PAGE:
Money Monday: How to vie for giant jackpots at home and abroad

In Spain, the Christmas season has become synonymous with "El Gordo." Spanish for "The Fat One," it's a national lottery dating back all the way back to 1812.

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But it's not the length of its run that makes headlines these days. It's the jackpot, which runs into the billions, that lays claim to the title of world's biggest lottery.

This year's jackpot, set to be drawn on Dec. 22, is estimated at 2.5 billion euros. That's roughly 3.3 billion Canadian dollars!

Quite a jackpot, and enough to have Canadians pining for our own big bucks payday.

In October, a winning Lotto 649 ticket worth $64 million was sold in Mississaugua, Ont., setting a new record for the largest single Canadian lottery prize just the month after the previous record was set when a $60 million Lotto Max ticket was purchased in nearby Brampton.

While the latest record-setting jackpot has yet to be claimed, the $60M prize was divided among a group of 12 people.

And there's the rub -- splitting the pot. If you go in on a group lottery purchase, you might increase your chances at a winning ticket, but if you do hit the jackpot, it'll be time to divide the winnings among all those friends.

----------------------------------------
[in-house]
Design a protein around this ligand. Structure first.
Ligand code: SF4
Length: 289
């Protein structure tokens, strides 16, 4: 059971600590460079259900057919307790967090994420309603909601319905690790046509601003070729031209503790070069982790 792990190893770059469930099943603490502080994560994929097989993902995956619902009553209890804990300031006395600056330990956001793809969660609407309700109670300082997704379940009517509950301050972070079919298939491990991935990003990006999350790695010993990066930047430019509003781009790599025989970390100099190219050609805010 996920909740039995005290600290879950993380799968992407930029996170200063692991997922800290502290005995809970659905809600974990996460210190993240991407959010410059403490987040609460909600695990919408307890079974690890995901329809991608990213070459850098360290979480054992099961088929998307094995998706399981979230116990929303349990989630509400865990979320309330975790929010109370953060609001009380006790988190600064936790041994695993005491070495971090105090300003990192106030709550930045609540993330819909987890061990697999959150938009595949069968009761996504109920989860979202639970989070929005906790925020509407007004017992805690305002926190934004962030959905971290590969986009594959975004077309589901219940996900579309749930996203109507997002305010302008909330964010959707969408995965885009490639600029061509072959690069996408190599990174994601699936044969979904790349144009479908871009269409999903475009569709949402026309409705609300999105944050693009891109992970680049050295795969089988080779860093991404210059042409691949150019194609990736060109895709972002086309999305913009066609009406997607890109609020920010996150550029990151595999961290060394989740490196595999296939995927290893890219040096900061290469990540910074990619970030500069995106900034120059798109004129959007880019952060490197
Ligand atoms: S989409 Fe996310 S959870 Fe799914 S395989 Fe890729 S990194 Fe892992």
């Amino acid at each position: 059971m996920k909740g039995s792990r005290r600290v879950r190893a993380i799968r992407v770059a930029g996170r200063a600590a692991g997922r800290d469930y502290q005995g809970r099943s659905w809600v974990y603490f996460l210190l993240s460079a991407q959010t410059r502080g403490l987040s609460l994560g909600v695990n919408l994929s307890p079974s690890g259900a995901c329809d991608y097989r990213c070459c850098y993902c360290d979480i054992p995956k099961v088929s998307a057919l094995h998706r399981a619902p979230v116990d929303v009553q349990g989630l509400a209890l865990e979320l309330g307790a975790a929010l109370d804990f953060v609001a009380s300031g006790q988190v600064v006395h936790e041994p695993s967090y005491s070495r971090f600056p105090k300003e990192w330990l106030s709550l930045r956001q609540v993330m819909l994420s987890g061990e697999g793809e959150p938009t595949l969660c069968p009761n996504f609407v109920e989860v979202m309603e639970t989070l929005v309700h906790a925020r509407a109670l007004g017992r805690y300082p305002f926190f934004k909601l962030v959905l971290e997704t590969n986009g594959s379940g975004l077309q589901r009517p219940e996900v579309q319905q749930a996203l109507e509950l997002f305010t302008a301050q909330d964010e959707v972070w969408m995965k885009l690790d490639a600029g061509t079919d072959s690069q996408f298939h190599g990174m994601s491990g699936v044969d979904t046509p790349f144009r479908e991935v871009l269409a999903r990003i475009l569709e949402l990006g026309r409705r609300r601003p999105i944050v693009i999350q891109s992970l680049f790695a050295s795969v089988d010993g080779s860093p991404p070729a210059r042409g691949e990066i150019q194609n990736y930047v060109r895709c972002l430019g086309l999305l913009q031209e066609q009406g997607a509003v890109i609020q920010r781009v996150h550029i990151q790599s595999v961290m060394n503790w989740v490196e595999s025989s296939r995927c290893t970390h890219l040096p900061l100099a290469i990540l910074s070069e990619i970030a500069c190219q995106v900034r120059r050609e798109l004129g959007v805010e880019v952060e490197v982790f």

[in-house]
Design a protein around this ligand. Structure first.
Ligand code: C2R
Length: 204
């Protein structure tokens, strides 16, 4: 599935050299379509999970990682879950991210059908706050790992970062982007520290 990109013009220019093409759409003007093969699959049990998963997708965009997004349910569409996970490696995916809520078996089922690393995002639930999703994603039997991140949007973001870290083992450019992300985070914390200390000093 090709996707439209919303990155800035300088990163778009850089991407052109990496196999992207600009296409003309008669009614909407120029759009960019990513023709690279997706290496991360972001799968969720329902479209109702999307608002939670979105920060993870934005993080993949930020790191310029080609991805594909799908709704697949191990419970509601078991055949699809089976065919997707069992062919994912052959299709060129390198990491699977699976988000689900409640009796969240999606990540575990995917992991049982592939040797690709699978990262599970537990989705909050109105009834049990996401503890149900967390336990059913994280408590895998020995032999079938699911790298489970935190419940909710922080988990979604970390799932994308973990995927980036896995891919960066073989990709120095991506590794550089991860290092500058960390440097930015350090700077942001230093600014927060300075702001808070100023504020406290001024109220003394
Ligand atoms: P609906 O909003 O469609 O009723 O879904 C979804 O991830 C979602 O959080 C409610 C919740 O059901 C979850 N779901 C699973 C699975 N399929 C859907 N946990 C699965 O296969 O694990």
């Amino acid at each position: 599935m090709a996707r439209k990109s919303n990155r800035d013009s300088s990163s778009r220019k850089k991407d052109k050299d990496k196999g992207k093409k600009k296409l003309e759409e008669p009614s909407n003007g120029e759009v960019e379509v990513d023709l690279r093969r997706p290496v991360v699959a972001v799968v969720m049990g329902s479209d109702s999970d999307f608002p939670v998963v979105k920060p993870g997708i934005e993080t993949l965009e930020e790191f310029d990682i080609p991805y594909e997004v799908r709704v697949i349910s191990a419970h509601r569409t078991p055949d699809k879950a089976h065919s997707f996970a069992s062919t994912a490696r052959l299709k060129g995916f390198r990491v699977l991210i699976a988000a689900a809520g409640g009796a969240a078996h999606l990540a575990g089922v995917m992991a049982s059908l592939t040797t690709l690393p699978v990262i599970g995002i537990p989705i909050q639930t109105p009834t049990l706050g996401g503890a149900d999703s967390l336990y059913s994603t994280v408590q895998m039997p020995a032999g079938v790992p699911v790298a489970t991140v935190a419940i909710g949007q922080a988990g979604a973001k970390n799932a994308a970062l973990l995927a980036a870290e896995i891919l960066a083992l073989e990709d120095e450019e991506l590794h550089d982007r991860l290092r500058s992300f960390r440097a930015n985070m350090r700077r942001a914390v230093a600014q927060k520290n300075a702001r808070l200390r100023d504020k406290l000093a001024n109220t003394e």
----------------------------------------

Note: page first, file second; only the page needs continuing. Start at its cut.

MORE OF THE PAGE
In another winning scenario, you could wind up splitting the jackpot when some stranger has her own ticket with the same lucky combination of numbers as you.

Turns out both are possible in Spain's annual Christmas lottery too, with another twist: the headline-grabbing jackpot isn't just one big bonanza prize.

It's divided into smaller jackpots, meaning more chances to win. In fact, the lottery claims the odds of ticketholders winning some sort of prize can be as high as 1 in 7.

Those odds entice more than 98 per cent of adult Spaniards to get involved, and the nation tunes in to the hours-long draw that's broadcast live on television.

If you're wondering whether Canadians can buy tickets for overseas lotteries, from the United States to Europe, the answer is... yes.

Skeptical? Oregon Lottery officials were too, when an Iraqi-Kurd, whose name has been kept secret, living in Baghdad turned up earlier this month, to claim a US$6.4 million Megabucks jackpot.

It took a bit of convincing, but he was eventually awarded the prize, despite not being a resident of Oregon, or having personally purchased his ticket there.

His winning Megabucks ticket was purchased through thelotter.com, a privately-operated website that has local agents who go to lottery kiosks and buy "official tickets for all the world's lotteries" on your behalf.

And it boasts of "commission-free prizes," too, as customers pay an upfront transaction fee when purchasing tickets through the website.

It's too late to get in on Spain's "El Gordo" draw, as the last tickets are already sold out on the website. And it's likely too late for you to fly to Spain to buy a ticket for yourself before sales close at 4 p.m. GMT Monday.

There's time to dream about winning America's Powerball lottery, though, with its jackpot that's now estimated at US$287 million and growing.

Or, lottery players can keep it local this holiday season, with $60 million and $12 million in prizes up for grabs in Lotto Max and Lotto 649 respectively this week.



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